I've been going to school on Michael Horton's stiff challenge to contemporary Christians regarding a moralizing, try-harder approach to Christianity rather than leaning on the grace of God. Perhaps because I will soon speak on Peter's denial the quote below caught my eye.
Before singing, "What a Friend We Have in Jesus," I find myself, with Peter, saying, "Depart from me, for I am a sinful man." (Luke 5:8). And Peter did not feel this only once, when he first met Jesus. His journey with Jesus fluctuated from high points, such as his confession of Jesus as the Christ, to the low point of denying Christ three times, back to the high point of being martyred for his testimony to his Savior. Like Peter, our Christian life is a roller coaster of faithfulness and unfaithfulness. Since we always draft back to self-confident triumphalism (remember Peter's protest, "i will never deny you!" just before he did,) we need to hear God's verdict on our righteousness through the law and his assurance of pardon in the gospel." Jesus example is not good news but a terrifying burden unless he is first of all the one who saves me from my inability to follow it."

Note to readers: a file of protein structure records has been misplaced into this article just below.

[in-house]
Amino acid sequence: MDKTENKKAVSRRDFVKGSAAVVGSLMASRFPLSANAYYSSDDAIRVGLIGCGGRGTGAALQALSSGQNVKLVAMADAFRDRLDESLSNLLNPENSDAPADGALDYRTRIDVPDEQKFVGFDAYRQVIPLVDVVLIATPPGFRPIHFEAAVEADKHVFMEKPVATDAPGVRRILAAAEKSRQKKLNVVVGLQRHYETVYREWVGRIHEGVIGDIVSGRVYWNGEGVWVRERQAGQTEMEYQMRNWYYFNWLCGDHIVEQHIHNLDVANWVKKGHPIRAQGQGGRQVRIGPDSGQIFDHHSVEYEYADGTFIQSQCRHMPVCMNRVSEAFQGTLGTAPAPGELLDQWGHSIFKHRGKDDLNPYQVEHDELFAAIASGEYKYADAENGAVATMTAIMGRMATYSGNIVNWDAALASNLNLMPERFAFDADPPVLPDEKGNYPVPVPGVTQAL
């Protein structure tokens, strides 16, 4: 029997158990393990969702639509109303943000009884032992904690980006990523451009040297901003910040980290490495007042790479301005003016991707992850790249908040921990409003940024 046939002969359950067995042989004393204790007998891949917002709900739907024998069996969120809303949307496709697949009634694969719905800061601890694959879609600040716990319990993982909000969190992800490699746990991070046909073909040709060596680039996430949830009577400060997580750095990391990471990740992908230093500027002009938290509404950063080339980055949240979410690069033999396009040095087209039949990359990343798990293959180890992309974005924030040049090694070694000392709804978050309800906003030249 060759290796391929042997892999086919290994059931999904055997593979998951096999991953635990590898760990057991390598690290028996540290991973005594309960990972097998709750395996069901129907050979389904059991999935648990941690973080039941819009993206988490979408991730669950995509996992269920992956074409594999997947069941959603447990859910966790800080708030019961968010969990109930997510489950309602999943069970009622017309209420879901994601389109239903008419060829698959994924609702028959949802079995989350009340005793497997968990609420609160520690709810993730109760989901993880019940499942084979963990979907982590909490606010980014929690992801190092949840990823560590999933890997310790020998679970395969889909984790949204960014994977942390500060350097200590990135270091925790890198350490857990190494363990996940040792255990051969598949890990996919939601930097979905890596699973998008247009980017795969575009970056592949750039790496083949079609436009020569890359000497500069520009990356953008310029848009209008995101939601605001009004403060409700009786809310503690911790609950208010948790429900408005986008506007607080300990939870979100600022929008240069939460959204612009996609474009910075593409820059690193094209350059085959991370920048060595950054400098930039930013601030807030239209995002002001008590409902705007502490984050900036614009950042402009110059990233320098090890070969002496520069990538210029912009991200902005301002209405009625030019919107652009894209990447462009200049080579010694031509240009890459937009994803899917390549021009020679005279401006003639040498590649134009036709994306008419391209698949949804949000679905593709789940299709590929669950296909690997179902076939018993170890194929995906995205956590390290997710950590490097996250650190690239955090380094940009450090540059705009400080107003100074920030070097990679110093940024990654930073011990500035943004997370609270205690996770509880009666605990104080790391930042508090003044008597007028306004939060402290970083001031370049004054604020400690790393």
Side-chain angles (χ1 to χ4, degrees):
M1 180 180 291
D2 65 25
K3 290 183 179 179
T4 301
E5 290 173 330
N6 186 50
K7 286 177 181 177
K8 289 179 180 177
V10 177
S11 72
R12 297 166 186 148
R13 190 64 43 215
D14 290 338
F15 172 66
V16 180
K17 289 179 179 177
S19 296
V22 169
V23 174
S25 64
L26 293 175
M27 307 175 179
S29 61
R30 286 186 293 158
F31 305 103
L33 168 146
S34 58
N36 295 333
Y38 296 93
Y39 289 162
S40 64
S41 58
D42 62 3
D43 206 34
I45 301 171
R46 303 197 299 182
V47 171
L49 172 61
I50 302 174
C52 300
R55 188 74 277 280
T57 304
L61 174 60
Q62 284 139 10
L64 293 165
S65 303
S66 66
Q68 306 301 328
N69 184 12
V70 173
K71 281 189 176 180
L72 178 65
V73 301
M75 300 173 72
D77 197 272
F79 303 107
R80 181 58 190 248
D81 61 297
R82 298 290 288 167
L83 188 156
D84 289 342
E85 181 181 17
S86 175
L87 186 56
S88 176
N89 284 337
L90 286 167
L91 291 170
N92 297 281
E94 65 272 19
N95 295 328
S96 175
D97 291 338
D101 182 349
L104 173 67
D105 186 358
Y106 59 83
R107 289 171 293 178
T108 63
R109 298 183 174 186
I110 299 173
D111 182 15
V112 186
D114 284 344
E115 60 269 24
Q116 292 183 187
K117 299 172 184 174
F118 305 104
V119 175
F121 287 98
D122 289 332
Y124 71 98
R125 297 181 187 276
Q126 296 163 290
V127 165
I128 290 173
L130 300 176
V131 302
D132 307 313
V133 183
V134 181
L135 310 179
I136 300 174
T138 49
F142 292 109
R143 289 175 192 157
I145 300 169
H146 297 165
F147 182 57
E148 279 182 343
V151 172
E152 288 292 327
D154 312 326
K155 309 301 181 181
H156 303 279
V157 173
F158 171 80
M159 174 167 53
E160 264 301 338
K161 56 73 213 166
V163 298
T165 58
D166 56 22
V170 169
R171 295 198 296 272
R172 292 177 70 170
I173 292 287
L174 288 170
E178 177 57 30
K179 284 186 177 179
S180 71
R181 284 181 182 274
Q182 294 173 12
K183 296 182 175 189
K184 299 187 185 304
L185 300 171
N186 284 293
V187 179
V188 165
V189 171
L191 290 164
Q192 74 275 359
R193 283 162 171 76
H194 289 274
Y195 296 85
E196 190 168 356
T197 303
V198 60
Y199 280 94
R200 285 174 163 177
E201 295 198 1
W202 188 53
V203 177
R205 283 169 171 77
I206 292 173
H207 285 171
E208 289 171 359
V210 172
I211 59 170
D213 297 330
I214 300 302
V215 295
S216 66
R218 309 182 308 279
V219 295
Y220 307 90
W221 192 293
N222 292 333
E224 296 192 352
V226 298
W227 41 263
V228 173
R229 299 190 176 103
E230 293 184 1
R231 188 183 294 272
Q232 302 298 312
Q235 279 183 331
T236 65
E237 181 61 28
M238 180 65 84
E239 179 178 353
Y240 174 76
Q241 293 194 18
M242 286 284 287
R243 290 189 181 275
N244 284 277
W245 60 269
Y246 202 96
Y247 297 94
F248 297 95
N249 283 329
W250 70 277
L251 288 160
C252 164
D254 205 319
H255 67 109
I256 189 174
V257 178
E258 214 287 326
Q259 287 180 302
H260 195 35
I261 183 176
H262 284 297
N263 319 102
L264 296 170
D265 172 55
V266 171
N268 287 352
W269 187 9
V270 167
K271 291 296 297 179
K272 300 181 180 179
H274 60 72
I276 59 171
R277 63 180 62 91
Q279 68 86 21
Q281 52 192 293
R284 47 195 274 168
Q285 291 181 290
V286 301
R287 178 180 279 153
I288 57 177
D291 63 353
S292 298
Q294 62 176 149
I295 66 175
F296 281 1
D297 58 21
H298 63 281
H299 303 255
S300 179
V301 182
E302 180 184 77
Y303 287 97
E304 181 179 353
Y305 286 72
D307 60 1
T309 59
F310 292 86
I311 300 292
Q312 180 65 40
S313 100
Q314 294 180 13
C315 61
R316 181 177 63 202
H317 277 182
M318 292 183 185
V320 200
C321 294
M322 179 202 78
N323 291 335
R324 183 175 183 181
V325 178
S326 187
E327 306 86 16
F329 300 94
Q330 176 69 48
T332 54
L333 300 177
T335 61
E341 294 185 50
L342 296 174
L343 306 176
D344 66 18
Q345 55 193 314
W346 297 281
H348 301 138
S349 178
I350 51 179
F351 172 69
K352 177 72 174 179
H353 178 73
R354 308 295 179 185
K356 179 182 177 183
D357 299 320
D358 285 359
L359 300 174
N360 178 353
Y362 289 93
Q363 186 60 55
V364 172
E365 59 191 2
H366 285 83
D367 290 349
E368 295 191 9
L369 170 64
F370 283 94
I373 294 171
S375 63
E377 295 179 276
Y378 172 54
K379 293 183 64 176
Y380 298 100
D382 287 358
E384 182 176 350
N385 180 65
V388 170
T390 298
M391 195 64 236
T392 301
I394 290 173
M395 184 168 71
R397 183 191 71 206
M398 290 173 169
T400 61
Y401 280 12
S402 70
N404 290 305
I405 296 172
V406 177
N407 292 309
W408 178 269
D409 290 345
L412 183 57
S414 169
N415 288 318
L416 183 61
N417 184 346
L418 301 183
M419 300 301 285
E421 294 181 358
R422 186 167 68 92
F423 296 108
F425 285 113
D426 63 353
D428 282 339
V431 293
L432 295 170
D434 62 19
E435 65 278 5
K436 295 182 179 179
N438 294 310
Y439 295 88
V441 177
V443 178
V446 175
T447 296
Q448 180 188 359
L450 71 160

Michael Horton, Christless Christianity, p. 135-136.